The construction of nine new stadiums and the major renovation of three existing stadiums have been started on full scale. The new stadiums to be built areDoha Port Stadium, Al Shamal Stadium, Al Khor Stadium, Umm Slal Stadium, Education City Stadium, Al Wakrah stadium, Al Rayyan stadium, Sports city stadium Doha, and Lusail iconic stadium. These are spread all around Qatar, in Doha, Al Rayyan, Al Khor, Al Wakhra, Umm Slal, Al Shamal, and Al Daayen.

Among the stadiums undergoing renovation are Al Gharrafa stadium, Khalifa International Stadium and Qatar University Stadium.

Being the first Middle Eastern nation to win the bid, Qatar took a ‘bold gamble’ by taking the World Cup to a region where football is popular and is beginning to emerge as world player in global sport.

Aviation leadership

In the aviation sector, Qatar Airways, the national airline of Qatar, has won numerous awards in the international aviation arena. Most recently, it was coveted with the title of the ‘World’s Best Airline’, at the 2011 World Airline Awards, held at the French Air and Space Museum.

In January this year, Qatar Airways announced capacity increases to an array of destinations across its global network to support growing passenger demand. With the arrival of additional aircraft, the airline is continuing its aggressive expansion strategy boosting frequencies and introducing larger aircraft on many of its existing routes.

Since its relaunch in 1997, Qatar Airways has achieved staggering growth in destinations served, fleet size and passenger numbers.

From its hub in Doha, capital of Qatar, the airline has developed a global network of destinations, covering Europe, Middle East, Africa, South Asia,North America and Asia-Pacific. By the beginning of 2005, Qatar Airways flew to 56 cities, rising to 94 by November 2010 with 10 new destinations being added in 2010 alone including Qatar Airways first foray into South America.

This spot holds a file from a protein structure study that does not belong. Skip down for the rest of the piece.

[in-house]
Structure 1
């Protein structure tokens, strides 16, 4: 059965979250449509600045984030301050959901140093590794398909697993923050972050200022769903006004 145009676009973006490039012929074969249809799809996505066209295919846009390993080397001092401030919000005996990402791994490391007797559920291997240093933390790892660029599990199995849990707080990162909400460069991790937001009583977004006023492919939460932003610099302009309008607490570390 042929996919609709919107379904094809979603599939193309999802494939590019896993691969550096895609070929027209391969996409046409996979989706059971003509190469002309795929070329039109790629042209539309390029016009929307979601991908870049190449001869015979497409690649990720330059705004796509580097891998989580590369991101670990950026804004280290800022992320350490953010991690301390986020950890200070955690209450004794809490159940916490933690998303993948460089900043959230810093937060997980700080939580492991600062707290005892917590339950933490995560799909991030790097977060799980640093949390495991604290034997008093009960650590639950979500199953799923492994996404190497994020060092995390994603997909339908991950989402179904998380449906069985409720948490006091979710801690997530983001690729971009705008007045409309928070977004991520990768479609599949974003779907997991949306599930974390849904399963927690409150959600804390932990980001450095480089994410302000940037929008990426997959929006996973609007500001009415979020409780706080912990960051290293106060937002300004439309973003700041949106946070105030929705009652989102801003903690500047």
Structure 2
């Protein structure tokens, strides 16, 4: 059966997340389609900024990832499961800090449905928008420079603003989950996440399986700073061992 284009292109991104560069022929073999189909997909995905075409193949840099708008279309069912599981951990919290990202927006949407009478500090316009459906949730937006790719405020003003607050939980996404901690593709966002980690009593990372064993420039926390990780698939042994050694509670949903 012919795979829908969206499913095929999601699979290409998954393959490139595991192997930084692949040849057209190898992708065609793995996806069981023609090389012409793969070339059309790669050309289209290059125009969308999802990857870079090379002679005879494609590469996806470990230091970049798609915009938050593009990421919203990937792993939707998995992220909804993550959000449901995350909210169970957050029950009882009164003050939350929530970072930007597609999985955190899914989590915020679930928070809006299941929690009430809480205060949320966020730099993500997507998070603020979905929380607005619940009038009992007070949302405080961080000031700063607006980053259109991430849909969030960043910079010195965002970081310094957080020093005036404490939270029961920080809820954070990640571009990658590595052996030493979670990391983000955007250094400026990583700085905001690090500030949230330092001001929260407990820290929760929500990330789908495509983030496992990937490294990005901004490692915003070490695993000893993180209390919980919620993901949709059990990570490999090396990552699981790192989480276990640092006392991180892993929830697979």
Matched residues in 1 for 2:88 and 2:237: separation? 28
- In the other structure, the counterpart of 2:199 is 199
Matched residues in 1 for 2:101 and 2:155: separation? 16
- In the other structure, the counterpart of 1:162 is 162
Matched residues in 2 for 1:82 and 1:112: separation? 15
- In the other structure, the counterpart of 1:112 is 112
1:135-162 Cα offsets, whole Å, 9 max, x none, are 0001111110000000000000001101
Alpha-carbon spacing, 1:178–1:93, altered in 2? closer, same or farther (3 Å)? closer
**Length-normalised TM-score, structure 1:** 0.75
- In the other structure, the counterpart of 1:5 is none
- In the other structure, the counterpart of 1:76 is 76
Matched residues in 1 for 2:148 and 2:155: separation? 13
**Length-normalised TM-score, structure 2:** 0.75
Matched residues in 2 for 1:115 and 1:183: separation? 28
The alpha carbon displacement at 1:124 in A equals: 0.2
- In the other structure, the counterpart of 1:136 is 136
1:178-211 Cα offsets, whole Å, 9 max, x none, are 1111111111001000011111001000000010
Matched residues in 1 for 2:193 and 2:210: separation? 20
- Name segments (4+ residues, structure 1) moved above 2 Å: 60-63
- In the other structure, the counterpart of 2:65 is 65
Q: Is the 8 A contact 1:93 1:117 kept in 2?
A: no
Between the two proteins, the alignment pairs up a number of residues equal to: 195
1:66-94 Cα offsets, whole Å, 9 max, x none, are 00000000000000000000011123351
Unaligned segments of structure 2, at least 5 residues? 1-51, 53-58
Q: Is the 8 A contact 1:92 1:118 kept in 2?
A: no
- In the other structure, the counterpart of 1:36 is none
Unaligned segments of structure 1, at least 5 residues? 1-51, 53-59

In line with the companys philosophy to be innovative, the airline operates the worlds only dedicated commercial passenger terminal for its First and Business Class passengers at Doha International Airport.

The airline has grown under the leadership of Chief Executive Officer Akbar Al Baker, appointed CEO in 1996, who has been instrumental in turning Qatar Airways into an award-winning carrier and among the best in the world. Under his stewardship, Qatar Airways has matured into a leading force in regional and global aviation, earning many admirers around the world for its excellent standards of service.

The New Doha International Airport is scheduled to open by 2012 at a cost of US $14.5 billion with an initial capacity of 24 million passengers a year. Once fully developed beyond 2015, the airport is expected to handle up to 50 million passengers a year. One of the projects key features is that 60 per cent of the site is built on reclaimed land from the Arabian Gulf.

Qatar Airways will manage the new airport, designed to help shape Doha as a key regional and global aviation hub.

GII ranking

According to the GII, Five input pillars capture elements of the national economy that enable innovative activities are: (1) Institutions, (2) Human capital and research, (3) Infrastructure, (4) Market sophistication, and (5) Business sophistication. Two output pillars capture actual evidence of innovation outputs: (6) Scientific outputs and (7) Creative outputs.

Looking at Qatar’s advancement in all these pillars shows that it is deserving of the 25th place in the rankings.

Institutions, the first pillar, comprises of the political and business environment.Qatar is largely free from political violence, is a politically stable nation and has a prosperous economy.

Keeping sights on the undergoing in the education sector, there have been earnest efforts by the Qatar Foundation to advance in this direction. The setting up of an Education City, which houses universities from the U.S.,UK, and France, speaks volumes in itself.

The infrastructural advancements initiated by the government need little mentioning. With a favorable business environment, many foreign investors look to Qatar as an opportune nation.

Qatar has come a long way from its humble beginnings and it sure is poised to become a crucial player in the international platform.

Sources: Bbc, indexmundi, zawya, Saudi gazette, ifpqatar, worldarchitecturenews, ndqatar